The bitter end.Gather Journal Bitter Chocolate Tart with Caramel
Though evidence suggests that cacao’s first appearance dates all the way back to Southern Mexico’s ancient Olmec civilization (circa 1500 BC), it is from the Mayans that we get the word chocolate; it’s a derivative of “xocolatl,” which means “bitter water.” And without any sugar to be found, that was an apt description for their version of chocolate, which was generally drinks made from ground beans, water, and chili peppers. Our velvety tart cushions the bitter impact with caramel and coconut for an effect as divine as the Mayans once believed those magical cacao beans to be.
serves 8 to 10
Make the cocoa shortbread crust: Preheat oven to 350°F. Combine ½ cup sugar, ½ cup flour, ¼ cup plus 2 Tbsp cocoa powder and ½ tsp salt in a bowl. Stir in ¼ cup coconut oil to form a crumbly dough. Spread evenly into a 9-inch tart pan with removable sides and bake until top feels dry and starts to crack, 20 minutes.
Make caramel: Combine 1 cup sugar and ¼ cup water in a medium saucepan. Cook over low heat without stirring, swirling pan occasionally, and washing down any crystals that form on side of pan with a brush dipped in cold water, until caramel is a deep amber color. If certain spots darken too fast, gently swirl pan to mix. Remove from heat and whisk in ¾ cup coconut cream and ½ tsp salt. (Careful, it will foam and double in size.) Pour caramel over crust and freeze 1 hour.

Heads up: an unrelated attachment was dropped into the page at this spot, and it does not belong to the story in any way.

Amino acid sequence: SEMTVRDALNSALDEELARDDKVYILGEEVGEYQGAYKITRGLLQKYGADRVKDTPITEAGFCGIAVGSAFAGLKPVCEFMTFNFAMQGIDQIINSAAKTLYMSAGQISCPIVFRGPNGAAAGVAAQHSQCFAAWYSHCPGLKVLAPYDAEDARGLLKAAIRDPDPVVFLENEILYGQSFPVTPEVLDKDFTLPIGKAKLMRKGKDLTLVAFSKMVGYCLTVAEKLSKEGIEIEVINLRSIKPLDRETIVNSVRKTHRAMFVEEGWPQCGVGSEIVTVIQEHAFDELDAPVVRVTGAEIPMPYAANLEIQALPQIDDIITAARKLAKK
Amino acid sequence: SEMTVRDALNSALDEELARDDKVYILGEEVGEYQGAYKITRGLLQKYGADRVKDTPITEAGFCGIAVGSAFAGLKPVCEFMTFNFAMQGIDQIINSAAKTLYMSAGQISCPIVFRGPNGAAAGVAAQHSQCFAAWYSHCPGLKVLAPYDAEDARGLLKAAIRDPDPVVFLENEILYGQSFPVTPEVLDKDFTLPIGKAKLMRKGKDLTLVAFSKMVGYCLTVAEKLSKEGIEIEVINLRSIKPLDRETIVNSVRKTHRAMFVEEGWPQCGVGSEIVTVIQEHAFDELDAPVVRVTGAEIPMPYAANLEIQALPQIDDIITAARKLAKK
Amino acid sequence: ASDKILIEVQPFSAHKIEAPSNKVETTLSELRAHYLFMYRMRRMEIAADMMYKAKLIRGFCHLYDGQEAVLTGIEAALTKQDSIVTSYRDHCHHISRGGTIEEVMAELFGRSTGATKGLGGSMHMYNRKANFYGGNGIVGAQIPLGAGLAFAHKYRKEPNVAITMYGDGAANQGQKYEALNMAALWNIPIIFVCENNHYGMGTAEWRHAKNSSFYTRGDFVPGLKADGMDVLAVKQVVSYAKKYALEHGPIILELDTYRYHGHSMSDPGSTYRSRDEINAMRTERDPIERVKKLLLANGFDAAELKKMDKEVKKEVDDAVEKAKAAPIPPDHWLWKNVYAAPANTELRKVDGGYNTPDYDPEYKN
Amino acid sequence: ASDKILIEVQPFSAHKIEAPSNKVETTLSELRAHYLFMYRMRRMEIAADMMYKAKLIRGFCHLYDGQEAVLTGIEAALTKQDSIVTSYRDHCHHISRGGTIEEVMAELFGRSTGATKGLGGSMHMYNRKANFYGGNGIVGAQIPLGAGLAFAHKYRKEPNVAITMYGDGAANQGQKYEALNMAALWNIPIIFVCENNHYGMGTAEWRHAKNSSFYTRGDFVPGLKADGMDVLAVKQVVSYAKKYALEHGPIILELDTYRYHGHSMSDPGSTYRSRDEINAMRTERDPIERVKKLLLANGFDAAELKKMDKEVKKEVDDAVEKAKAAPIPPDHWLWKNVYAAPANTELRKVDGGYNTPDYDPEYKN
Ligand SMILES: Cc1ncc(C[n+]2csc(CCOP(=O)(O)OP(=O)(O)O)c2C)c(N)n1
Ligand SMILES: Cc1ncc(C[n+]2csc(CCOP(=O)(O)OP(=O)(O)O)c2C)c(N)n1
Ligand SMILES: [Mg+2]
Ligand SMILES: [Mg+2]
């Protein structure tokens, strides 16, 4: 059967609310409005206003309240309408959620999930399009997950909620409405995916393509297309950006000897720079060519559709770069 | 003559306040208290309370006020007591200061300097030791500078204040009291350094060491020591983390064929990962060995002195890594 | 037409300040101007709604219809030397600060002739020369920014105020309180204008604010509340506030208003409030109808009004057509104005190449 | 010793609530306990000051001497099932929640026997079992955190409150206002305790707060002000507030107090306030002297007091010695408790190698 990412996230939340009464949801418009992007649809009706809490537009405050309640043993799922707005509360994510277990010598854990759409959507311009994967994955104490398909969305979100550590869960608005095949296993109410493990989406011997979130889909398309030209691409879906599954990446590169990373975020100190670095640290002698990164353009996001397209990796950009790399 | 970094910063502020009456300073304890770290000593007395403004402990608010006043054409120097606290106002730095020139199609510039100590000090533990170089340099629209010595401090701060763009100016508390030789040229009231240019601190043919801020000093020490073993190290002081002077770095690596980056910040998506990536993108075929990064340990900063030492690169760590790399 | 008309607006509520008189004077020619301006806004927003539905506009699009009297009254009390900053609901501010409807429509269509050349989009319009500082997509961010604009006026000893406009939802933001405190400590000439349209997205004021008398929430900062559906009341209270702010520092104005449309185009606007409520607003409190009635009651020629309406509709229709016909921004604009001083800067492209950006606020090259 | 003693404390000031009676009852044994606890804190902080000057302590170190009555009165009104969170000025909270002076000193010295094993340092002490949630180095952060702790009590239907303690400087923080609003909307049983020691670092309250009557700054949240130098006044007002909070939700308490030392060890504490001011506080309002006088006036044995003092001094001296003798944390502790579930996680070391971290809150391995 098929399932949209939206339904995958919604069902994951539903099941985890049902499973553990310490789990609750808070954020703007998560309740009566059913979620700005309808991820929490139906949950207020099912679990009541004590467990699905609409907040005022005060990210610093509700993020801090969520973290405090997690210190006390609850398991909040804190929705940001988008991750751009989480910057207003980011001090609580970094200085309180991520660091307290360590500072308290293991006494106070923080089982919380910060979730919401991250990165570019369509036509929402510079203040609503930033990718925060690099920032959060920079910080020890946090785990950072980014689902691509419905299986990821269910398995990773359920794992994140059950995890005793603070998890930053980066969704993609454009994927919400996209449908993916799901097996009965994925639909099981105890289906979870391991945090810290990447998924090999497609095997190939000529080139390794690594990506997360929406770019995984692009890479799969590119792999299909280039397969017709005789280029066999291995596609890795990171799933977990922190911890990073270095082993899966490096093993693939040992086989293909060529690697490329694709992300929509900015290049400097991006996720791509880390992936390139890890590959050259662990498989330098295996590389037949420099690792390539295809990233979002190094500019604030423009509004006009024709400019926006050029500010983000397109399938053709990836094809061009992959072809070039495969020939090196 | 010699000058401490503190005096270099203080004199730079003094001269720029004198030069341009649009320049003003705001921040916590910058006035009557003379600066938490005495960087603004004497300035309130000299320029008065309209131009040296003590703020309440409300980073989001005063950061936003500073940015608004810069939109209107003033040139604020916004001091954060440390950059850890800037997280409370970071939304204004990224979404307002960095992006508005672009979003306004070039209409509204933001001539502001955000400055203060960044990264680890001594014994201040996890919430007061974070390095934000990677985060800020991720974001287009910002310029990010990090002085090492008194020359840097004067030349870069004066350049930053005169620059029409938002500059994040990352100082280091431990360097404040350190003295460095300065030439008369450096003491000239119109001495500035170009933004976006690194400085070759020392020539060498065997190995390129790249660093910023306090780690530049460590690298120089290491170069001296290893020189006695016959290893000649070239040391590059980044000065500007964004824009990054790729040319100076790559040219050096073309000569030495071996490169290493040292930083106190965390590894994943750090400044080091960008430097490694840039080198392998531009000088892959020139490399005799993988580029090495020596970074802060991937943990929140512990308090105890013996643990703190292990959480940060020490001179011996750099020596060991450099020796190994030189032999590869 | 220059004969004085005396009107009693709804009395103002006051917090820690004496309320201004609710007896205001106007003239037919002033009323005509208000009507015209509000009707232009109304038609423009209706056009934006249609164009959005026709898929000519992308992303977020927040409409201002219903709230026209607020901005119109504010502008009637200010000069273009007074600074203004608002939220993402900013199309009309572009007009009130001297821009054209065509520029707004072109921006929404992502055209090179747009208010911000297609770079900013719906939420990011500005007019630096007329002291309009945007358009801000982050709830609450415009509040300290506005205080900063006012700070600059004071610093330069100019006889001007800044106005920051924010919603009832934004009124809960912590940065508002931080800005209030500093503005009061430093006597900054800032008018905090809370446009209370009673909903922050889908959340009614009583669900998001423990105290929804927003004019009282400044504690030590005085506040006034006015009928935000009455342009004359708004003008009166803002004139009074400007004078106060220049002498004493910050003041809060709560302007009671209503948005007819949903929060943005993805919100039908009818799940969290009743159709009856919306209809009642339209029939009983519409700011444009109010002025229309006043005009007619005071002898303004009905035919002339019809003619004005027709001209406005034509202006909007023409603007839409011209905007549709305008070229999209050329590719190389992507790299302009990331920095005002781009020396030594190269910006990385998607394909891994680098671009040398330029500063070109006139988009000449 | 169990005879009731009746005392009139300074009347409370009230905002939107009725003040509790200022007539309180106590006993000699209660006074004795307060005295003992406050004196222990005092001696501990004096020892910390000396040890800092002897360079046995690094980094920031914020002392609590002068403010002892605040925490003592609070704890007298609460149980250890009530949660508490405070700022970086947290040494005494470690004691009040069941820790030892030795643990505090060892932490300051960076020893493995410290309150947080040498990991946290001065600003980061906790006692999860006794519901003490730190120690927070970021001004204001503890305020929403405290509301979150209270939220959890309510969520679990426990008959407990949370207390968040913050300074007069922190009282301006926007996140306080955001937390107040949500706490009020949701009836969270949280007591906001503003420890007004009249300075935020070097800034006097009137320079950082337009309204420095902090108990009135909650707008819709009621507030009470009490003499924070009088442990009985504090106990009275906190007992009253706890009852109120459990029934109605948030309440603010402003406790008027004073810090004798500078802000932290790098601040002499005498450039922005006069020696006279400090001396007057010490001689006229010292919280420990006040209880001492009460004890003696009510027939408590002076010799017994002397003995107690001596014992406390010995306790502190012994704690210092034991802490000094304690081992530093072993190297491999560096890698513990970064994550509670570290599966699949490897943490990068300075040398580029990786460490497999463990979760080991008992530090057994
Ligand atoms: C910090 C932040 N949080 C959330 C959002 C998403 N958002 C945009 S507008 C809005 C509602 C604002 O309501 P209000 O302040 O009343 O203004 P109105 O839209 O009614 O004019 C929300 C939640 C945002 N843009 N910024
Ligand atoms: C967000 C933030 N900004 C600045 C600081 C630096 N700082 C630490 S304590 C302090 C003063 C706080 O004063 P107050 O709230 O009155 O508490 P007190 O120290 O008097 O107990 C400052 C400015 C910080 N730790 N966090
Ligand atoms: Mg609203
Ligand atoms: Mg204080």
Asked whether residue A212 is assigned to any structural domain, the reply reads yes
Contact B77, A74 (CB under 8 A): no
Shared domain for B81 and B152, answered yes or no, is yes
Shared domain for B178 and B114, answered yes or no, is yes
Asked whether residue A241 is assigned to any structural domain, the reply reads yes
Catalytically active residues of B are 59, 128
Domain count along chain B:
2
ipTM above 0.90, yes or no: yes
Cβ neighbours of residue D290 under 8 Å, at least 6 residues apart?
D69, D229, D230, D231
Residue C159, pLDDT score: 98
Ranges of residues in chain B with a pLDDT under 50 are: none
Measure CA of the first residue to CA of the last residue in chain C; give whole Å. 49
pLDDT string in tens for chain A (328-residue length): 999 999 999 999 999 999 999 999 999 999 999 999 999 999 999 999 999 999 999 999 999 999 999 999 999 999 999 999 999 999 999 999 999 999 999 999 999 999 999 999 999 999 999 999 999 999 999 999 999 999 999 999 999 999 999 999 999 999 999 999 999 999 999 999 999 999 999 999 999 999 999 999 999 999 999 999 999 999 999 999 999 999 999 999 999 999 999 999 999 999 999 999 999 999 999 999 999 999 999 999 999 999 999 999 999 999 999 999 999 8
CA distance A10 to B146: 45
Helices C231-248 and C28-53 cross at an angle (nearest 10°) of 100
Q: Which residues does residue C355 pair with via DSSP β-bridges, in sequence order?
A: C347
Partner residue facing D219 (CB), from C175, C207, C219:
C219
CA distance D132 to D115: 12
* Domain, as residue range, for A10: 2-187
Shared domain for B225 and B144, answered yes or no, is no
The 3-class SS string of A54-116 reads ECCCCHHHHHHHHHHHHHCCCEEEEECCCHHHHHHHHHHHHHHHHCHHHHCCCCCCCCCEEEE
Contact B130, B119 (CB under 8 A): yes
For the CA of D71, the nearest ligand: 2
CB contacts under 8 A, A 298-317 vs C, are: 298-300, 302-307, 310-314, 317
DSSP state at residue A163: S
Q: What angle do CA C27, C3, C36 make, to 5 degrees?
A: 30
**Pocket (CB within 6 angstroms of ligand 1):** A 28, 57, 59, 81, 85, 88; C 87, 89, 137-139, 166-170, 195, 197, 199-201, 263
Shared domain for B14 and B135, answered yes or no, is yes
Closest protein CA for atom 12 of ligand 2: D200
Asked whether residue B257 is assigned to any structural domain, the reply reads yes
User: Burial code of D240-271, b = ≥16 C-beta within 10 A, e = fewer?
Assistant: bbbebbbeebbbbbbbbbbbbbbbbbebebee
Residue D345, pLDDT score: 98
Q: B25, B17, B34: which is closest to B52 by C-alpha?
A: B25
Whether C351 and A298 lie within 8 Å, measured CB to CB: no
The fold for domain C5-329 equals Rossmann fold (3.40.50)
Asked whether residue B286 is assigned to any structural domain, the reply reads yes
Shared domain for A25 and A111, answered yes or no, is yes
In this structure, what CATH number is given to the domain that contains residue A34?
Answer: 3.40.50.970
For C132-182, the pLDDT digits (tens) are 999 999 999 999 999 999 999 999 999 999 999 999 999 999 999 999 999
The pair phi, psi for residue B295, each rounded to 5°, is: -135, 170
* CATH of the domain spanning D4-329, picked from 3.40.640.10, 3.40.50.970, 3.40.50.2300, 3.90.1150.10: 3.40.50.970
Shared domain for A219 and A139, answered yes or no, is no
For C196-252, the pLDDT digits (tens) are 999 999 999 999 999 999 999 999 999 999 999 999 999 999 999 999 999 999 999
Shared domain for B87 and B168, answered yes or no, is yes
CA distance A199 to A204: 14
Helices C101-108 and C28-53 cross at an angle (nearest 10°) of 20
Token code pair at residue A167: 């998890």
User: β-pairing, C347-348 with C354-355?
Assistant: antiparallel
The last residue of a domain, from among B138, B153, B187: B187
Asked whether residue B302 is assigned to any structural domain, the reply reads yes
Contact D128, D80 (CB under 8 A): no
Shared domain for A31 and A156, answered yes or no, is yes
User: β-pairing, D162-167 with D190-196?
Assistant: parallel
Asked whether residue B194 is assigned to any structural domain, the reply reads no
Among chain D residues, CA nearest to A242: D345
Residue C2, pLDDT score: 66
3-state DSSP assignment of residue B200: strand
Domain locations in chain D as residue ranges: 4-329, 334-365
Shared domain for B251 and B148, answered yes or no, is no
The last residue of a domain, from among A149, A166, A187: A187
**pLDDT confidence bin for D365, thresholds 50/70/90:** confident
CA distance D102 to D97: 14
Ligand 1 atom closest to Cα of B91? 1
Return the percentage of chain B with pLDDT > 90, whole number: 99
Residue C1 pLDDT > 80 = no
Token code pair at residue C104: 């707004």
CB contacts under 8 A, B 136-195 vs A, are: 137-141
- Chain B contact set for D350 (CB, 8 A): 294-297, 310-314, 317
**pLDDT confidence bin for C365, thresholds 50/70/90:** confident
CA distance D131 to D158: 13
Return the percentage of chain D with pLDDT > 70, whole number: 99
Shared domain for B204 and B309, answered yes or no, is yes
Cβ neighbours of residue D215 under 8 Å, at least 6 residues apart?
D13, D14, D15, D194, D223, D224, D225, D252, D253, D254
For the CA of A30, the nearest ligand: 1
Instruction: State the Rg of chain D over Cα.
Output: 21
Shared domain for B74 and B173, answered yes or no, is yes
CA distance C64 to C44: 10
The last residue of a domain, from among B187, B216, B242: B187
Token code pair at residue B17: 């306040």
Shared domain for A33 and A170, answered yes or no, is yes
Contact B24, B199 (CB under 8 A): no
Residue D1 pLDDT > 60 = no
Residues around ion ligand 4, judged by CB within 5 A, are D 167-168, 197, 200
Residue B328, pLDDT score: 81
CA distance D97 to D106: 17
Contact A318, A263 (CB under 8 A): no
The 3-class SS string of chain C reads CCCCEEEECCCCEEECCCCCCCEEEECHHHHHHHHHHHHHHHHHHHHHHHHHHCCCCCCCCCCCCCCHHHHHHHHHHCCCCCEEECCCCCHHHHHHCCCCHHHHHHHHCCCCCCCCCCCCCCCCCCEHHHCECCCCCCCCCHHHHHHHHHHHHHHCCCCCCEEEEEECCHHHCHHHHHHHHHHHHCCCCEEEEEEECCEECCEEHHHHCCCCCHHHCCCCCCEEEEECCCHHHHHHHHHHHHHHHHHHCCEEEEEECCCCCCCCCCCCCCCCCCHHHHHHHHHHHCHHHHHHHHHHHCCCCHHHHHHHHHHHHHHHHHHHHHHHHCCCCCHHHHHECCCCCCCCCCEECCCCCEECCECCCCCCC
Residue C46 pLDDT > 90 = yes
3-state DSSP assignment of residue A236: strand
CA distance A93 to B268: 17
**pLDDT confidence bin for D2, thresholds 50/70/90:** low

Make bitter chocolate ganache filling: Combine instant coffee with remaining 1 ¼ cups coconut cream, 3 Tbsp sugar, 2 Tbsp cocoa powder, and 2 Tbsp coconut oil in a small pot. Bring to a simmer, stirring occasionally, over medium heat. Pour over chopped chocolate, then add vanilla and scant ¼ tsp salt. Let stand 5 minutes. Gently stir from center working outward until smooth. (Don’t overmix.) Spread over caramel and freeze until firm, at least 1 hour. Transfer tart from pan to platter and let stand 15 minutes before serving.